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Sustainability

Out with the old, in with the new

September 19, 2010
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Sustainability manager Sarah Surak might not be an actual member of the cleaning staff for the University of Tennessee at Knoxville, but her green thumb has played an integral role in establishing the university as the first in the nation to be certified for its green cleaning practices.

Working closely with Teresa Farmer, a green programs specialist, and Gordon Brooks, former superintendent of building services at the university, Surak has helped revolutionize the university’s cleaning program by exclusively using environmentally friendly products and processes.

Surak began her career at the university as a recycling coordinator, which proved to be a starting point for her eventual starring role as the orchestrator of a new green cleaning system.

Surak explains that, while she might not be a cleaner, she is definitely a “green person” because she is aware of the green cleaning process and how it encompasses everything — from how employees are trained to the types of cleaning chemicals used.

The entire process began in the summer of 2006 when it was decided that the in-house building services staff would convert the cleaning operations of the seven academic and administrative buildings they service into a green cleaning program.

“UT is committed to being a leader in the greening of institutions of higher education,” says Surak. “Once we made the change to green cleaning products, the next logical step was to green our process.”

Therefore, all new cleaning products would have to be purchased, employees would have to be re-trained, and Green Seal certifications would have to be obtained.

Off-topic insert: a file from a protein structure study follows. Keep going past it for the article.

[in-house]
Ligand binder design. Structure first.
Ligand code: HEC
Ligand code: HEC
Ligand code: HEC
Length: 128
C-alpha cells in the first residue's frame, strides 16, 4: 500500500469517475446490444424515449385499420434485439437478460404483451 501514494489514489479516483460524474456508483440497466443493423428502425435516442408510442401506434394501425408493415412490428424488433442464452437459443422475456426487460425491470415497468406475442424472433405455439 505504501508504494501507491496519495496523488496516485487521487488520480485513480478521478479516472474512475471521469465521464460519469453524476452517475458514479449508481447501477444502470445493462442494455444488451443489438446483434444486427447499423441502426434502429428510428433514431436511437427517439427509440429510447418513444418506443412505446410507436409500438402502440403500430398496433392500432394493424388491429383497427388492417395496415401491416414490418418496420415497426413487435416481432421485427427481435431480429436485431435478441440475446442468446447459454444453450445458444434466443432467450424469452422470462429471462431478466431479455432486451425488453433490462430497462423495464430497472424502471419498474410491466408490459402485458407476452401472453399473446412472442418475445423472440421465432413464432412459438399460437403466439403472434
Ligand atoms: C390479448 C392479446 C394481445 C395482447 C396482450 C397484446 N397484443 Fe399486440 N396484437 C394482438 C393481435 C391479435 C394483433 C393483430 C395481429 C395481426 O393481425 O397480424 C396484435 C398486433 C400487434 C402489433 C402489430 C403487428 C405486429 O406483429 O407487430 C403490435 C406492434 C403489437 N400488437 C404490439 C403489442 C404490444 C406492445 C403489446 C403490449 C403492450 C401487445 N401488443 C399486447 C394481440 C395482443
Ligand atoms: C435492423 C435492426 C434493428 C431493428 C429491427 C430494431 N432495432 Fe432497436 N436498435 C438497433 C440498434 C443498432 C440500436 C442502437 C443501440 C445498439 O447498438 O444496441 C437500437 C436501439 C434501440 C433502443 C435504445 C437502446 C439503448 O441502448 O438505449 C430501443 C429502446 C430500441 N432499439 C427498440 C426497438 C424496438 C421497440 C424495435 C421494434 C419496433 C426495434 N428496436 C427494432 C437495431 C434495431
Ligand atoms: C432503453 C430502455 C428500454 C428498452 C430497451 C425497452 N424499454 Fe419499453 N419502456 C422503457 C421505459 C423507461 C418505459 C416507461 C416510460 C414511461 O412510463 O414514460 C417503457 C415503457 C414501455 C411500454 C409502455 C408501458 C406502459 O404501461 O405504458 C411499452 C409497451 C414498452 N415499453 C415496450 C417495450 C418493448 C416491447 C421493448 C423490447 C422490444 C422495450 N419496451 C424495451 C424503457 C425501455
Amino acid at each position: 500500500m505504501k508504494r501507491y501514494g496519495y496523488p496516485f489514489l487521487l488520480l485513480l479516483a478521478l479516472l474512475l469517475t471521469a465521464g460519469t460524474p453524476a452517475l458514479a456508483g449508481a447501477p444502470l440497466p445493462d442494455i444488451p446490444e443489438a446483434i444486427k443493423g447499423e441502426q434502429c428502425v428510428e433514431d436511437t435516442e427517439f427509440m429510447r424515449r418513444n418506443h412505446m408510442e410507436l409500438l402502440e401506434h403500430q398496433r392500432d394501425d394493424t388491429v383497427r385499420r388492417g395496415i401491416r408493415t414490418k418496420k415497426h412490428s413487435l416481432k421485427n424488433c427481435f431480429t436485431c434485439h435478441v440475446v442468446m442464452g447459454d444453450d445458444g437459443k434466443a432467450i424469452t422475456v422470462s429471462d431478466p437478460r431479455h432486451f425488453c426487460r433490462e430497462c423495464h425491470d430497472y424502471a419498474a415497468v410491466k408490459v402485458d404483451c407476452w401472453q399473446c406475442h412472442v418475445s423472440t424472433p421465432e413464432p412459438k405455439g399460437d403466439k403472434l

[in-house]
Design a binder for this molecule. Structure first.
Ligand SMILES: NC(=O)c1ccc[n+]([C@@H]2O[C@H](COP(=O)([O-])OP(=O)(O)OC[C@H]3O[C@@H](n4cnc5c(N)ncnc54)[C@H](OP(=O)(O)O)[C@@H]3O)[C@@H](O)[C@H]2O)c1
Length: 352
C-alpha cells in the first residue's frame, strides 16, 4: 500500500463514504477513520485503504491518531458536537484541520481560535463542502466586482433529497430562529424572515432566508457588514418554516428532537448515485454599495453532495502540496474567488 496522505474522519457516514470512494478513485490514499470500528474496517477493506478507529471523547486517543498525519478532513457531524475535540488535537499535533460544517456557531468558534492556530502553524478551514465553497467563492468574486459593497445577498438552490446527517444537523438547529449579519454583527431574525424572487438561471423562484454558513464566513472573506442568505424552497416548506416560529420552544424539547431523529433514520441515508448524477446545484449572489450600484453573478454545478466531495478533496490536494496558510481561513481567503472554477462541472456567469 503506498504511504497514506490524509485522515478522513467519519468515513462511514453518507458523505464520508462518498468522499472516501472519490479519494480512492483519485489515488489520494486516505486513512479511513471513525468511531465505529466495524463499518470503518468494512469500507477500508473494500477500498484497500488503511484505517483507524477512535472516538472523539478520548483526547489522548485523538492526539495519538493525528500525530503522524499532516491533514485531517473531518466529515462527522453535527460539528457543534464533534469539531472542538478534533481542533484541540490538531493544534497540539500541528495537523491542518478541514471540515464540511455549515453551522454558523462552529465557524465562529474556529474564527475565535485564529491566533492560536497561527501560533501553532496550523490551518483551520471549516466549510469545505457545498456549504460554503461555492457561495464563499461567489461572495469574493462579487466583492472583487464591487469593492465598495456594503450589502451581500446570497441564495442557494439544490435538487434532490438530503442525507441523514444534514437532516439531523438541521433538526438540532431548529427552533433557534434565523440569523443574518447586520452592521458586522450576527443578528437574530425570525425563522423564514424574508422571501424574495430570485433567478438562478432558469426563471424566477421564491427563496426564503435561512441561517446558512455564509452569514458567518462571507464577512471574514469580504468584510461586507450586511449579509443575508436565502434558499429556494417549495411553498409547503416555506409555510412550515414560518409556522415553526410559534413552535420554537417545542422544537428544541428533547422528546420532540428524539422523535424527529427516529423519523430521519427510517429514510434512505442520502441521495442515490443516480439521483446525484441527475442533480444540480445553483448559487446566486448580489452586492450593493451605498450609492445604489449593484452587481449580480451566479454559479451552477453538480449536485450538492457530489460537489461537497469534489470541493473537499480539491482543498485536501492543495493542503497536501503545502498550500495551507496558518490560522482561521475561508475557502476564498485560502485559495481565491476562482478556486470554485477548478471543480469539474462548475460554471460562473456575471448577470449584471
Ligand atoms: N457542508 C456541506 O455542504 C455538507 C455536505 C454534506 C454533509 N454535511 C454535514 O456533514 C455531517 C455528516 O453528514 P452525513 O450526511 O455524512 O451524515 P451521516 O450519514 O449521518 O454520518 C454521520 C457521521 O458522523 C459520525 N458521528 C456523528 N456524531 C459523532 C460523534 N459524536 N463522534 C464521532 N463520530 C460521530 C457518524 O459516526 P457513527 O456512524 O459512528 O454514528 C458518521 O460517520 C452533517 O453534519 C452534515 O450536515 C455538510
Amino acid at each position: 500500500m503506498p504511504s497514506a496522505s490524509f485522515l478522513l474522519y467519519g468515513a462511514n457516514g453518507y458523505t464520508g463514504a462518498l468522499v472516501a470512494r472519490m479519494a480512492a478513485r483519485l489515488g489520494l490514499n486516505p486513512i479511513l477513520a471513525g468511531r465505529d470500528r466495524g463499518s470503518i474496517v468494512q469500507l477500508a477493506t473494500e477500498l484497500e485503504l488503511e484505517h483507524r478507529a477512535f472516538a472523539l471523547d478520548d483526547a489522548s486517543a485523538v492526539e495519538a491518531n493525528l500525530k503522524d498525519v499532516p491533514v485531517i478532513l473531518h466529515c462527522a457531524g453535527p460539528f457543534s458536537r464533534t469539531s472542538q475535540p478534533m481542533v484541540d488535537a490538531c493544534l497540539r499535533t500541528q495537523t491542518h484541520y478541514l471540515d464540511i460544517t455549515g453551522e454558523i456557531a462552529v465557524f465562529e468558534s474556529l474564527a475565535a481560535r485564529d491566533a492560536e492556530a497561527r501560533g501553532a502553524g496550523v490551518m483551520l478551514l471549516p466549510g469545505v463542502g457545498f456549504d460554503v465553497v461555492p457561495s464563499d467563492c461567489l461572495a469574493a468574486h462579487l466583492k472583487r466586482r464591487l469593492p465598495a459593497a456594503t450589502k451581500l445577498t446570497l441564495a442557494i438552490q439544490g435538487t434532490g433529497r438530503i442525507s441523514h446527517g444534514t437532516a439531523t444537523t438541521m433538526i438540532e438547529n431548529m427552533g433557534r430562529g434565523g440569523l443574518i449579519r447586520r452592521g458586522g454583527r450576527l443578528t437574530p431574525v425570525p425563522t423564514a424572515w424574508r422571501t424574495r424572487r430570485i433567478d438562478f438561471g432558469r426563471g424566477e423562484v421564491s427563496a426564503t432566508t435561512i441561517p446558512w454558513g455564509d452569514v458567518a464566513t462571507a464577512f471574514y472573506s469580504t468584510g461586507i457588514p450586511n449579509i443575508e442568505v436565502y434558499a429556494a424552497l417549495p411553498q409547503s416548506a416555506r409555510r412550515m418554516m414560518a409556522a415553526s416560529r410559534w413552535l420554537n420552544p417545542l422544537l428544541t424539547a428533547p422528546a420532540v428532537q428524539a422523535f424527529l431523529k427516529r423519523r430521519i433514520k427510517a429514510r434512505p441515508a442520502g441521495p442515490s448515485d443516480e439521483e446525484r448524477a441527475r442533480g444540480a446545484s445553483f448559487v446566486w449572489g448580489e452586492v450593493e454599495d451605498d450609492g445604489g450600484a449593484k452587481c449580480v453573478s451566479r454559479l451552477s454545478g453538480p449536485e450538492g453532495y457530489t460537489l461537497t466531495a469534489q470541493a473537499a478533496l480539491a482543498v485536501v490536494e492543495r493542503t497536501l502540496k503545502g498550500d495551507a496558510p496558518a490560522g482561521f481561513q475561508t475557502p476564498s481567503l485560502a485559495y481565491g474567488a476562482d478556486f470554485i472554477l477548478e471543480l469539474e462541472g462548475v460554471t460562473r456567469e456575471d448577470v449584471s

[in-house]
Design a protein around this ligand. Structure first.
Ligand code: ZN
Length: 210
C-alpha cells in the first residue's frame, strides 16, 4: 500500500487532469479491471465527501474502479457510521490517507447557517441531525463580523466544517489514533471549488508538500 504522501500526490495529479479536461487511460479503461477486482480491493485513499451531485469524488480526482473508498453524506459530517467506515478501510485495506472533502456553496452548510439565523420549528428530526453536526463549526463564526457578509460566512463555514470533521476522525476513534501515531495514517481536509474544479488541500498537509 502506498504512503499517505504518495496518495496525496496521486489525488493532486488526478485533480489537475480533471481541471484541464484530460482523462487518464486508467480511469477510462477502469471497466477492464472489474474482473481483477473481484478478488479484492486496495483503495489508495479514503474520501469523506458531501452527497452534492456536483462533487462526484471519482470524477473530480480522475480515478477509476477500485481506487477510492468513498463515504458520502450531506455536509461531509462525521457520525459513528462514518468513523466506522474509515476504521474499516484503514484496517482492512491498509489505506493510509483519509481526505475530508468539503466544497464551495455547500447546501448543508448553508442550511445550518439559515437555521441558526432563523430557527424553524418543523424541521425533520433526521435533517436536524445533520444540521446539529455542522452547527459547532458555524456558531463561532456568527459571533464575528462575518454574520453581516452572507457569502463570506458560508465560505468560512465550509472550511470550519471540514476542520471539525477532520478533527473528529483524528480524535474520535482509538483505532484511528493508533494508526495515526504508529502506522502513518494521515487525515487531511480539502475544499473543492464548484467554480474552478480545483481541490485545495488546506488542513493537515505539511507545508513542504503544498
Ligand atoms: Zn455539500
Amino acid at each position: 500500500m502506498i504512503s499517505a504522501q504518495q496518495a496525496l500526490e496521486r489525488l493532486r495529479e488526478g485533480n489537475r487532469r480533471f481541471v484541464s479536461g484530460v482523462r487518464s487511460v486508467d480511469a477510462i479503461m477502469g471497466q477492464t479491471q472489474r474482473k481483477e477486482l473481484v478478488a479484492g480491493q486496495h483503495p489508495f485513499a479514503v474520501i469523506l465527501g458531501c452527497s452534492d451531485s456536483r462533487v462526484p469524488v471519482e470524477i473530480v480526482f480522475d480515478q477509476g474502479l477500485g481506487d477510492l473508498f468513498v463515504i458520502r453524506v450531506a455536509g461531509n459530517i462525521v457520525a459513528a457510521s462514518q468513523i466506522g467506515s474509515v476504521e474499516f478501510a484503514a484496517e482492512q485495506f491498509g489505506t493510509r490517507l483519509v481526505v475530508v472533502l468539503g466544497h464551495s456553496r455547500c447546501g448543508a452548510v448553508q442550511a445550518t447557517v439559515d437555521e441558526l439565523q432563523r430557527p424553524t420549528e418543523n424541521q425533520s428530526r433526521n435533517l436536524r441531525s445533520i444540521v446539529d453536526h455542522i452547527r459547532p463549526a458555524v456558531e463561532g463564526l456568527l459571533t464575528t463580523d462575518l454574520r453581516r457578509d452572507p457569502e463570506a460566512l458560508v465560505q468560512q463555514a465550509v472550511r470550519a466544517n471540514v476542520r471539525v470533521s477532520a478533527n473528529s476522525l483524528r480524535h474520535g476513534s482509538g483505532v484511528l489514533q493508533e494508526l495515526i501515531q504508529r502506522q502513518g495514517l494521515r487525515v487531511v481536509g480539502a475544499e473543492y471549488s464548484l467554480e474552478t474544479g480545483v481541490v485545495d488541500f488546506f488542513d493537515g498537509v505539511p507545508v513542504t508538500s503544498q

In addition to restructuring the in-house cleaning operation, the university also worked with contract cleaners, who service other buildings on campus, to use Green Seal-certified products.

The end result was a campus-wide GS-42 Green Seal certification, the first of its kind for an institution of higher learning.
“The university made the decision to go green to protect the health and safety our employees and the community we serve,” says Brooks. “We chose to certify under the GS-42 certification because of the comprehensive guidelines and standards.”

The Green Seal certification is valid for one year, at which time it must be renewed.

Before a renewal of the certification is granted, the cleaning operation is evaluated to ensure compliance with Green Seal standards.

“We are very proud to be the first university in the country to be certified with the GS-42 standard,” remarks Surak. “We will continue to strive to green our products and process.”

Communication is a major factor in any green cleaning operation.

Keeping everyone — from students to staff — informed about the changes and trends of the green movement will ensure the University of Tennessee at Knoxville remains on the fast track of environmentally preferable green cleaning.


If you know of someone who you think should be featured in A Clean Sweep, e-mail Aaron Baunee at abaunee@cmmonline.com.
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